Cultivate Curiosity, Inspire Imagination.

Teensy 4.0 Development Board

Only 9 left!

Regular Price
Sale Price
Regular Price
Sold Out
Unit Price

Product Details
  • In Stock: 9

Teensy 4.0 Development Board

Regular Price
Sale Price
Regular Price
Sold Out
Unit Price


Differences between Teensy 4.1 & Teensy 4.0

Feature Teensy 4.1 Teensy 4.0
Ethernet 10 / 100 Mbit
DP83825 PHY
(6 pins)
USB Host 5 Pins with
power management
2 SMT Pads
SDIO (4 bit data) Micro SD Socket 8 SMT Pads
PWM Pins 35 31
Analog Inputs 18 14
Serial Ports 8 7
Flash Memory 8 Mbyte 2 Mbyte
QSPI Memory 2 chips +
Program Memory
Program memory
Breadboard I/O 42 24
Bottom SMT Pads 7 16
SD Card Signals 6 0
Total I/O Pins 55 40



  • Arduino IDE + Teensyduino
    Arduino's IDE software with the Teensyduino add-on is the primary programming environment for Teensy. On Windows, Linux and old Macs, Arduino is installed first and then the Teensyduino installer adds Teensy support to the Arduino IDE. On newer Macs, an all-in-one download is provided. Teensyduino includes a large collection of libraries which are tested and optimized for Teensy. Other libraries may be installed manually or by Arduino's library manager.
  • Visual Micro
    Visual Micro allows use of Microsoft Visual Studio to program Arduino compatible boards, including Teensy. Only Windows is supported. Visual Micro is commercial paid software.
  • PlatformIO
    PlatformIO IDE is a cross platform development environment with many advanced features. Windows, Linux and Macintosh are supported.
  • CircuitPython
    CircuitPython provides a .HEX file which you program onto Teensy 4.0 using Teensy Loader. Then Teensy appears to your computer as a USB disk, where copy or save your Python code. CircuitPython does not fully support all of Teensy 4.0's hardware.
  • Command Line with Makefile
    Makefiles for non-graphical use are provided with the Teensyduino installer.
    Teensy 4.x: {Arduino}/hardware/teensy/avr/cores/teensy4/Makefile
    Teensy LC & 3.x: {Arduino}/hardware/teensy/avr/cores/teensy3/Makefile



CoreMark Benchmark

  • Performance
    ARM Cortex-M7 brings many powerful CPU features to a true real-time microcontroller platform. CPU performance is many times faster than typical 32 bit microcontrollers.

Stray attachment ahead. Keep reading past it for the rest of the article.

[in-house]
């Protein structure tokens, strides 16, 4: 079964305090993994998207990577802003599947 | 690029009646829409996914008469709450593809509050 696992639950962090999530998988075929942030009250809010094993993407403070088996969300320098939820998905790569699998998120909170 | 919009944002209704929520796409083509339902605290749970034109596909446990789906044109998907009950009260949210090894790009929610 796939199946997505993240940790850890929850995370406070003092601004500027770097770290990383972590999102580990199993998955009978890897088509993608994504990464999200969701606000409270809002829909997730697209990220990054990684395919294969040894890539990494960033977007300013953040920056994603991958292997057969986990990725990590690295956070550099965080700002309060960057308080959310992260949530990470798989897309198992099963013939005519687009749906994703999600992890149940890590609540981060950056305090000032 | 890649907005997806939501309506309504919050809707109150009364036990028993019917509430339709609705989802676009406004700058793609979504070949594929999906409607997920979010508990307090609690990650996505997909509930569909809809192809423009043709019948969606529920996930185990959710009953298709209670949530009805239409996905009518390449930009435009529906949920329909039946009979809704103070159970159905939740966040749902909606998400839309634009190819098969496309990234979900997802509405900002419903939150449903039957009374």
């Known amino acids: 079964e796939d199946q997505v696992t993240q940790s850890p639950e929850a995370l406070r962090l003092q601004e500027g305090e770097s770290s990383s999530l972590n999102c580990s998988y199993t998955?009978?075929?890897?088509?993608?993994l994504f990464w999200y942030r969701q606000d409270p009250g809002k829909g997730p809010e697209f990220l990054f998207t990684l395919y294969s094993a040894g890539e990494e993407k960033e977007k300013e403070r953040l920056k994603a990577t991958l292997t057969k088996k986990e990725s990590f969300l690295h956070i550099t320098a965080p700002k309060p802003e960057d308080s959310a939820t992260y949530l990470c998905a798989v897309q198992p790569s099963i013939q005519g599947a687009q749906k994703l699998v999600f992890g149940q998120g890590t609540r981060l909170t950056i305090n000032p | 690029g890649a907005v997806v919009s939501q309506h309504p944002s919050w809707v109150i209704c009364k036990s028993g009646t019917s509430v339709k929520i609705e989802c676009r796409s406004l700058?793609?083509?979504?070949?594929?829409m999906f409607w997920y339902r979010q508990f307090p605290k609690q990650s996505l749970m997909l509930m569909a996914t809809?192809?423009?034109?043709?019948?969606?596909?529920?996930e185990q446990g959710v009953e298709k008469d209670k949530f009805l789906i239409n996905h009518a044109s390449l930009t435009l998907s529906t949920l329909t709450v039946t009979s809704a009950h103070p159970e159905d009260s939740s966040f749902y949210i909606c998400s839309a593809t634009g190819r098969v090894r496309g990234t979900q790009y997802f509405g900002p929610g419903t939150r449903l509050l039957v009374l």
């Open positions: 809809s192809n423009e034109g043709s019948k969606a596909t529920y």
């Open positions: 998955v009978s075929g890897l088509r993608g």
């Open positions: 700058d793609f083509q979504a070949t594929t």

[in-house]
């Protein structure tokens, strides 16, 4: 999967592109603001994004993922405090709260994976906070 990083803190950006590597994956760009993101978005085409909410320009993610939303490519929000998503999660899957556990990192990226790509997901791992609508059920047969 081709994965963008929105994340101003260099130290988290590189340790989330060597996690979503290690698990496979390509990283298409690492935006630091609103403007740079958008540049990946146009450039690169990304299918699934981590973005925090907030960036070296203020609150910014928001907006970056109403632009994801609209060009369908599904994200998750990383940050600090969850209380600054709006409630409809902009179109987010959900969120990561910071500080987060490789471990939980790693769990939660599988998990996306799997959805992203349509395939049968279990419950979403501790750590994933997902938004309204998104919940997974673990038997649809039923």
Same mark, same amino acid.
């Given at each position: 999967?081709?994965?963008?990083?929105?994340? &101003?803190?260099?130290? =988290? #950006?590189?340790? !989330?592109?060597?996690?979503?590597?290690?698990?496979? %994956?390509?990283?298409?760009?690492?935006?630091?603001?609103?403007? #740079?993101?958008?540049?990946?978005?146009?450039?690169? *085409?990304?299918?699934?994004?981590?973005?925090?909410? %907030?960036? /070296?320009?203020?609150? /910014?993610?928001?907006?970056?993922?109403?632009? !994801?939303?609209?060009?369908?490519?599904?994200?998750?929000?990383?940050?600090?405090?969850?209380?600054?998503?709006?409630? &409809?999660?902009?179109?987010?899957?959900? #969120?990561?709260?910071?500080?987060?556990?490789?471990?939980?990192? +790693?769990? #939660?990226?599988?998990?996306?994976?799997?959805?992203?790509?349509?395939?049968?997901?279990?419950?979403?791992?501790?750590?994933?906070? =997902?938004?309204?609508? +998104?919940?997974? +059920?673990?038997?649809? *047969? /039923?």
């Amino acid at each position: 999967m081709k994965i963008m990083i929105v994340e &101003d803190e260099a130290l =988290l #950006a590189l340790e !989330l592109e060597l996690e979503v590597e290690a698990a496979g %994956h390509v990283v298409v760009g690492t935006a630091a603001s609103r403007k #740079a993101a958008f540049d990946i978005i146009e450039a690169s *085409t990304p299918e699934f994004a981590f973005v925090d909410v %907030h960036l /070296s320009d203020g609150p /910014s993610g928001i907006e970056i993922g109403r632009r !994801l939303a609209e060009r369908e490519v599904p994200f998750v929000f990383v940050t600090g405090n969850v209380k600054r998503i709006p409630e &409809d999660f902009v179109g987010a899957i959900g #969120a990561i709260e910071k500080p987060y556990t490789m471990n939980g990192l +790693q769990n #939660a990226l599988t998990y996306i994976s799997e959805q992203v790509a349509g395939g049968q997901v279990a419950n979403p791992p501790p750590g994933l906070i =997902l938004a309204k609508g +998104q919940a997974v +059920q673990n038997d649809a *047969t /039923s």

• Dual Issue Superscaler Architecture
    Cortex-M7 is a dual-issue superscaler processor, meaning M7 can execute 2 instructions per clock cycle, at 600 MHz! Of course, executing 2 simultaneously depends upon the compiler ordering instructions and registers. Initial benchmarks have shown C++ code compiled by Arduino tends to achieve 2 instructions about 40% to 50% of the time while performing numerically intensive work using integers and pointers.
  • Floating Point Unit
    The FPU performs 32 bit float and 64 bit double precision math in hardware. 32 bit float speed is approximately the same speed as integer math. 64 bit double precision runs at half the speed of 32 bit float.
  • Tightly Coupled Memory
    Tightly Coupled Memory is a special feature which allows Cortex-M7 fast single cycle access to memory using a pair of 64 bit wide buses. The ITCM bus provides a 64 bit path to fetch instructions. The DTCM bus is actually a pair of 32 bit paths, allowing M7 to perform up to 2 separate memory accesses in the same cycle. These extremely high speed buses are separate from M7's main AXI bus, which accesses other memory and peripherals.
  • Cache
    Two 32K caches, one for instructions and one for data, are used to speed up repetitive access to non-TCM memory.
  • Branch Prediction
    Cortex-M7 is the first ARM microcontroller to use branch prediction. On Cortex-M4 & earlier, loops and other code which much branch take 3 clock cycles. With M7, after a loop has executed a few times, the branch prediction removes that overhead, allowing the branch instruction to run in only a single clock cycle.
  • Digital Signal Processing
    DSP extension instructions accelerate signal processing, filters and Fourier transform. The Audio library automatically makes uses of these DSP instructions.



Teensy 4.0 has a total of 40 input/output signal pins. 24 are easily accessible when used with a solderless breadboard. This pinout reference card comes with Teensy 4.0.

Pinout Card Files: Front Side (PDF) / Back Side (PDF)



  • Digital Input Pins
    Digital pins may be used to receive signals. Teensy 4.0 pins default to INPUT most with a "keeper" resistor. Teensy 4.0 pins accept 0 to 3.3V signals. The pins are not 5V tolerant. Do not drive any digital pin higher than 3.3V.
  • Input Pullup / Pulldown / Keeper Resistors